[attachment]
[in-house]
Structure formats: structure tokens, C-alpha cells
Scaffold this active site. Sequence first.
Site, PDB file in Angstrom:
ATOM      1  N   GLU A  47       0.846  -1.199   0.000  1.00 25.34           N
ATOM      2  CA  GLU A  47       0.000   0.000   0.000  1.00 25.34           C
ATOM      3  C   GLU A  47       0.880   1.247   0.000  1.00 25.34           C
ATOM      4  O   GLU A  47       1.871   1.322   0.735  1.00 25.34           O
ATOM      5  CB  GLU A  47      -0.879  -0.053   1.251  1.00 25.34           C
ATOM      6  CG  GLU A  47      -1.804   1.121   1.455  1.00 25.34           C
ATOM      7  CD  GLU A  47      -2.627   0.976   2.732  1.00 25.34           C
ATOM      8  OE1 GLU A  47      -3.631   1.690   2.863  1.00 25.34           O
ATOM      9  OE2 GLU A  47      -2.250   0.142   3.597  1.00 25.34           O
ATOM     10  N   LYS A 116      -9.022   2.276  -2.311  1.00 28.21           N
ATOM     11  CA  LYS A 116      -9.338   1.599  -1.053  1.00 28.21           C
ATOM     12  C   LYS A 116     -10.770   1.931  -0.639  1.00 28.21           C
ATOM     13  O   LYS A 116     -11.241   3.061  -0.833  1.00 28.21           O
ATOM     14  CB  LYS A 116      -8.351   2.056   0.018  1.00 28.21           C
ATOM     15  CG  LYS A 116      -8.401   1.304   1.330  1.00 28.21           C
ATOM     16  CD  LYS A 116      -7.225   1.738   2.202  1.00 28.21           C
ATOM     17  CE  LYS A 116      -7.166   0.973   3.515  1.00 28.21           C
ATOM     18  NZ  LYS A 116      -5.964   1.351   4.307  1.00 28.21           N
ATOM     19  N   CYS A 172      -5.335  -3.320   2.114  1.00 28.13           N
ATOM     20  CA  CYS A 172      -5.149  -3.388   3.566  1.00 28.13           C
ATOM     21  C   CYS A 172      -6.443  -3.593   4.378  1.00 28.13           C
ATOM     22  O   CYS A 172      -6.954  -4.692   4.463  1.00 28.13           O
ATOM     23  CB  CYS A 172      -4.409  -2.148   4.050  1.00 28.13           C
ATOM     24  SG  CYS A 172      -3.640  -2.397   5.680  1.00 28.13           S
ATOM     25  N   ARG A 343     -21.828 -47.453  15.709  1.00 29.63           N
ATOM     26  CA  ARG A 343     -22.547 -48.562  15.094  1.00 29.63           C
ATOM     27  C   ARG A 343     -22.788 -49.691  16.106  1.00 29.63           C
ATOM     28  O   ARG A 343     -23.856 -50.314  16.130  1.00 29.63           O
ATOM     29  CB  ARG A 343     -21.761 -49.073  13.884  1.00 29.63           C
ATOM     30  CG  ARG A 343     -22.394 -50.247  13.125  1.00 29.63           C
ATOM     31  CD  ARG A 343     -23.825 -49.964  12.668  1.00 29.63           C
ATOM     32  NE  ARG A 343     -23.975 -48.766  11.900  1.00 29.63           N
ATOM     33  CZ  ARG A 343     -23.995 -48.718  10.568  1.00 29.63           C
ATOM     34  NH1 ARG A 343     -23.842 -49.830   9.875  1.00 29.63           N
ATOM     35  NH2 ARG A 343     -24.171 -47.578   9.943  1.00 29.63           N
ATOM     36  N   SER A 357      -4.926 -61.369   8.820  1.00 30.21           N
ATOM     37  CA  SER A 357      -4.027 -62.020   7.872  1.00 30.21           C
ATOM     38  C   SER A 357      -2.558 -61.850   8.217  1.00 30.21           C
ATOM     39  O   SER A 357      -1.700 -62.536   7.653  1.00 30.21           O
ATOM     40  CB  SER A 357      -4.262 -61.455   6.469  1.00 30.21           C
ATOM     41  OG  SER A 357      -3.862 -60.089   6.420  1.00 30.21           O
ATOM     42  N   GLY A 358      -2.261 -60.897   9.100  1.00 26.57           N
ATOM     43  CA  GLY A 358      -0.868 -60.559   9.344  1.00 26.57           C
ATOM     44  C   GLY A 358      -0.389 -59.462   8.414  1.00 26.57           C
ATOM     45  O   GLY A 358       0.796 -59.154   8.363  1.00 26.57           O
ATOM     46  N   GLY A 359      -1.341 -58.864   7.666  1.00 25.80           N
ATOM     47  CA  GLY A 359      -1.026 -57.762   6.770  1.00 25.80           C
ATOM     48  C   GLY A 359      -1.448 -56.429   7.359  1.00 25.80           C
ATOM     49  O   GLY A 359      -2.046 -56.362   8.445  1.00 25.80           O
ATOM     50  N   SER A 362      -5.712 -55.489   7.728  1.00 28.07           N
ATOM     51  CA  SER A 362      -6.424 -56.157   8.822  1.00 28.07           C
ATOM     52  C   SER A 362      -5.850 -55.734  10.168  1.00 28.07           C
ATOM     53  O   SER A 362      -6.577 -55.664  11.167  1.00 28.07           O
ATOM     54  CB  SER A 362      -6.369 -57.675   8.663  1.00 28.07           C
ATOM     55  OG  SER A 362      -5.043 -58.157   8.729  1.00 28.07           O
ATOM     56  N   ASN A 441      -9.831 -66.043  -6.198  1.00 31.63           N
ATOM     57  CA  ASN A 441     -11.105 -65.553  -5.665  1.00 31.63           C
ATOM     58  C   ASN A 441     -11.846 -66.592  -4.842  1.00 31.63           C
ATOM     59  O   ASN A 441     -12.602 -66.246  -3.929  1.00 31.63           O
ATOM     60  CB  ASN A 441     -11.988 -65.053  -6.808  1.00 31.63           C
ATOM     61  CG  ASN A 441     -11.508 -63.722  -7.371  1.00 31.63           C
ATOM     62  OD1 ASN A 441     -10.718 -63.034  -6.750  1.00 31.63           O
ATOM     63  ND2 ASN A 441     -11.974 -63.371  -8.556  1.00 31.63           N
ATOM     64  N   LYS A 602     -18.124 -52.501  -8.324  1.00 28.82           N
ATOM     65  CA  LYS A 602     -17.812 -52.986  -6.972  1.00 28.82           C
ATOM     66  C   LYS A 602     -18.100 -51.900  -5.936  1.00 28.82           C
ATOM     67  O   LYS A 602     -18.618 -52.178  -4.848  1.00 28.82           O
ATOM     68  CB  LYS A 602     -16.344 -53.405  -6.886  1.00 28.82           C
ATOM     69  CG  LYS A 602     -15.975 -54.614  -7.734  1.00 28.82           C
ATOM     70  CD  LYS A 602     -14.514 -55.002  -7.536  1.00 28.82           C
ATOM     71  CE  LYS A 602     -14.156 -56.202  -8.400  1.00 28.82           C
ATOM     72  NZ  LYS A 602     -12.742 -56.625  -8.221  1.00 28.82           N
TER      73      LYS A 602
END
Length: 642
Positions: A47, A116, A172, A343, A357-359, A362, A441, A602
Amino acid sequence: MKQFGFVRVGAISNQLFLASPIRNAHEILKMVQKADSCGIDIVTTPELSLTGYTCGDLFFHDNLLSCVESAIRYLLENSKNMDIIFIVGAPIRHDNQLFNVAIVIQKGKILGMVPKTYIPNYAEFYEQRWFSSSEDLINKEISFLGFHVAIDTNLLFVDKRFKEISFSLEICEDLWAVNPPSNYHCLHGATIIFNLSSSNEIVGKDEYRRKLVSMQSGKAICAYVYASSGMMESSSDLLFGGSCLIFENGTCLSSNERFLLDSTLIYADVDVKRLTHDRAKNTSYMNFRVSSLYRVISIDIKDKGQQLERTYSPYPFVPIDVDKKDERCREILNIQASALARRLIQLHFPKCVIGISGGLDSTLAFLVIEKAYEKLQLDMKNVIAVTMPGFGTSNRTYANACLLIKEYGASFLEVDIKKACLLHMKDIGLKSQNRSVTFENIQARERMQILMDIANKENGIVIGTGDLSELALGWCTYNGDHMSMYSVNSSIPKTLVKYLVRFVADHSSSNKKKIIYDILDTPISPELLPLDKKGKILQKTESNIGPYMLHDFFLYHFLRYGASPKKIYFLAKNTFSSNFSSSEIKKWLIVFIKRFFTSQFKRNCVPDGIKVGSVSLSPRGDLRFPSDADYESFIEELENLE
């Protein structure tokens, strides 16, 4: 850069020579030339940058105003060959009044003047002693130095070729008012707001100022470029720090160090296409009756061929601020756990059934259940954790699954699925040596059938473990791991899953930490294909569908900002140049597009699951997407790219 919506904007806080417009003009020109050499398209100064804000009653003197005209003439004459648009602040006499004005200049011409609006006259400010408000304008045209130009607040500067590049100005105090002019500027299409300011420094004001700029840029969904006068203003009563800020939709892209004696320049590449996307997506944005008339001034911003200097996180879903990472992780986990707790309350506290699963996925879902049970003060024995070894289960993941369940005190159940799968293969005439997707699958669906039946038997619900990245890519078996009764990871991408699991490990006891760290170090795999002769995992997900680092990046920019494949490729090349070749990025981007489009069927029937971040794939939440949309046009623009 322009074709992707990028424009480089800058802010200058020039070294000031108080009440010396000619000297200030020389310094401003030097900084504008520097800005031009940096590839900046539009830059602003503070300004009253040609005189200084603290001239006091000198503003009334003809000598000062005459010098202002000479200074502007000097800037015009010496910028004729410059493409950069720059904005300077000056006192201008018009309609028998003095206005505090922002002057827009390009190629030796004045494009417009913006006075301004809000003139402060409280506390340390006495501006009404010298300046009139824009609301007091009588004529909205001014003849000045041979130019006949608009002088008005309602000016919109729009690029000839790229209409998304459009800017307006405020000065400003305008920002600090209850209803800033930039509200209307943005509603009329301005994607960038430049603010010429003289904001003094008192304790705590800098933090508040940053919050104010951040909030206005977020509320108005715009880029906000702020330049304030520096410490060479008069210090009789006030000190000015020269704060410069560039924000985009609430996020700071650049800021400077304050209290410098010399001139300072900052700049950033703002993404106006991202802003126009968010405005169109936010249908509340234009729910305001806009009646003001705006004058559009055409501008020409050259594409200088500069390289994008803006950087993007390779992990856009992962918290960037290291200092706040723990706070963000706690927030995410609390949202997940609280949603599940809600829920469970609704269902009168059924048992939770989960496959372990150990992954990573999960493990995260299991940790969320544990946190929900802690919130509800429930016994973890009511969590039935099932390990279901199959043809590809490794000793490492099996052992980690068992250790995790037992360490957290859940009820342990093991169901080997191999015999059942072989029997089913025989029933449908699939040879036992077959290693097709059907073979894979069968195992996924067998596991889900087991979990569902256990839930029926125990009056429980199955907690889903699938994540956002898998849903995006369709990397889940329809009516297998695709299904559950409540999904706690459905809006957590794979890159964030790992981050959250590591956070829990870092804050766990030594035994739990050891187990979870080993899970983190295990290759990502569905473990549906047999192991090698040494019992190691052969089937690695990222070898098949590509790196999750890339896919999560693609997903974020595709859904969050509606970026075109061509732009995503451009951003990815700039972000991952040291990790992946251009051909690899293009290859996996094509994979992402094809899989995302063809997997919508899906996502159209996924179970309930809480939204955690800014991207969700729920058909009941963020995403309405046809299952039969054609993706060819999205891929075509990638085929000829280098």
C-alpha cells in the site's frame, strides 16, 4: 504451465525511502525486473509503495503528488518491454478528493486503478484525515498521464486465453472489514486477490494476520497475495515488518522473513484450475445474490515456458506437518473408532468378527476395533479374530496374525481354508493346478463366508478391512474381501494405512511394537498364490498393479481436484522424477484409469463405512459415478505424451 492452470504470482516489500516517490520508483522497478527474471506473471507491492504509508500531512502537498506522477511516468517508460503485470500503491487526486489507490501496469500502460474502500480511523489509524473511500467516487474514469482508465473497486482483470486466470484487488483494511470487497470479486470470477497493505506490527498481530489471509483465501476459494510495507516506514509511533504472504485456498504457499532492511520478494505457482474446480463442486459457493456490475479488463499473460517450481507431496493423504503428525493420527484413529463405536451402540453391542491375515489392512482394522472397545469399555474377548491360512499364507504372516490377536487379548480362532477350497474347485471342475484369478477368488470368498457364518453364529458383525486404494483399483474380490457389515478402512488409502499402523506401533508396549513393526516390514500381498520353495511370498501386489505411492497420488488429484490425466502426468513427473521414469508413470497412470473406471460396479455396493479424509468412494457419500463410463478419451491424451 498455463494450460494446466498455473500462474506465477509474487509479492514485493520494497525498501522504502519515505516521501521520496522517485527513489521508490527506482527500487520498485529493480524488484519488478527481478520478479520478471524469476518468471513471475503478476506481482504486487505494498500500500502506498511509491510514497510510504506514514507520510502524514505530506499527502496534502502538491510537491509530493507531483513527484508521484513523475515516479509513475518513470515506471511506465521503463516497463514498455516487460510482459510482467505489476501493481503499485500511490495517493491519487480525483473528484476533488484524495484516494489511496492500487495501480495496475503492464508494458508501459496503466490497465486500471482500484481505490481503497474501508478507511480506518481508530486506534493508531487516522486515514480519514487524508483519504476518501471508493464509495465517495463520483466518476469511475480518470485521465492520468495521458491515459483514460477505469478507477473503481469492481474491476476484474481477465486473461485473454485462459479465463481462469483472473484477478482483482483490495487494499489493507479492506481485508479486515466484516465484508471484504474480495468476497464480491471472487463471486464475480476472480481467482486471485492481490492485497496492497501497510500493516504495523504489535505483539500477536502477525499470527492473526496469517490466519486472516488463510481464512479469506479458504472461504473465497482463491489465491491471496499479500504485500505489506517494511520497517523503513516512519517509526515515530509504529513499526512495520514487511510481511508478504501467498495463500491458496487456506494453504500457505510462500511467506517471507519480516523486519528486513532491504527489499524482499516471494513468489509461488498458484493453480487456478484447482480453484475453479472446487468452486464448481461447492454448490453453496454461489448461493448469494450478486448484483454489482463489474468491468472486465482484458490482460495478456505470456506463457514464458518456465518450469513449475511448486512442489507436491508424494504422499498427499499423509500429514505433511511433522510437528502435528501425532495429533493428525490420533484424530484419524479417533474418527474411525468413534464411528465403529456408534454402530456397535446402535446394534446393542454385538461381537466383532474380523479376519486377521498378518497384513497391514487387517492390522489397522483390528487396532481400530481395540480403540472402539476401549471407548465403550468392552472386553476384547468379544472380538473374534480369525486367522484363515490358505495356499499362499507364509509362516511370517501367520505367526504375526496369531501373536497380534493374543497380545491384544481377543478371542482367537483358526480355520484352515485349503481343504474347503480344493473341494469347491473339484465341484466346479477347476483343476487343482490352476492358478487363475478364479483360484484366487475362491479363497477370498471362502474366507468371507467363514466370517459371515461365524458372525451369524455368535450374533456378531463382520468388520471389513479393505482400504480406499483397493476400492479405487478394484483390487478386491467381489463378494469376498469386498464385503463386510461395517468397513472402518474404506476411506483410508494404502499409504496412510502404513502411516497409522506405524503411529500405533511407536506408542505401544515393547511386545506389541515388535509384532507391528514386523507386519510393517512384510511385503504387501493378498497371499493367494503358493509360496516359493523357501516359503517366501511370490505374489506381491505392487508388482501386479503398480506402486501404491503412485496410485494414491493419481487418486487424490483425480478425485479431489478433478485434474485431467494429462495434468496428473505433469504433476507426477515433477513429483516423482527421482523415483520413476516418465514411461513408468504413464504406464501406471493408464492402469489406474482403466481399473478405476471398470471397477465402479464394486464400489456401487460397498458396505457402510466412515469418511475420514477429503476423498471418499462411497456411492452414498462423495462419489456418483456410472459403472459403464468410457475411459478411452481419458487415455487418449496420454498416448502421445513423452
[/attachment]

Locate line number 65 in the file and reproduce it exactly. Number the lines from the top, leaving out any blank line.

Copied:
ATOM     61  CG  ASN A 441     -11.508 -63.722  -7.371  1.00 31.63           C